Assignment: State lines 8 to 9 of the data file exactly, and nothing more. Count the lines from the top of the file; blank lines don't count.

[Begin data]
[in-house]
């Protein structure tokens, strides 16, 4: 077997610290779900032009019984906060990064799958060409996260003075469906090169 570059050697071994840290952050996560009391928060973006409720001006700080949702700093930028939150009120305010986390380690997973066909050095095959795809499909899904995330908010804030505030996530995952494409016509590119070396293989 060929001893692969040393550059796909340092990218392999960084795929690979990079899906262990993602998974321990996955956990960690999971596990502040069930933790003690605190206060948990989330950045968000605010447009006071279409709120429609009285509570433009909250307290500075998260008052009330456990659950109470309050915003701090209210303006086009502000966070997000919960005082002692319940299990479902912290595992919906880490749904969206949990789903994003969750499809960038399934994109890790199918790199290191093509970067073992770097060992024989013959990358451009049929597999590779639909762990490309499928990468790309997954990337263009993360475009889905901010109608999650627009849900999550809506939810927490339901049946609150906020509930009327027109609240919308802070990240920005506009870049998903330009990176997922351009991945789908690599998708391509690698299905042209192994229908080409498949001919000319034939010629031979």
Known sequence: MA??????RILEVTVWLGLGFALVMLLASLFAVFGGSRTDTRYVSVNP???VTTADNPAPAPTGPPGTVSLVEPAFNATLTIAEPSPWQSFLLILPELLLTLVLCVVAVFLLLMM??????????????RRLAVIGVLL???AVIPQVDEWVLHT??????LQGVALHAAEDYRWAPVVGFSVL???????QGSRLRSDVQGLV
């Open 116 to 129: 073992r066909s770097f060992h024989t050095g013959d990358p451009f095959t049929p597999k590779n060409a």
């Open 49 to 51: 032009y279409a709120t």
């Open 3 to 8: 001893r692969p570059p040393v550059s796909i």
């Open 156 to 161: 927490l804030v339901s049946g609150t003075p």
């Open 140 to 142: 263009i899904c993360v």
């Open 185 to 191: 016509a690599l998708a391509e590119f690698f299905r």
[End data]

């Open 140 to 142: 263009i899904c993360v």
């Open 185 to 191: 016509a690599l998708a391509e590119f690698f299905r």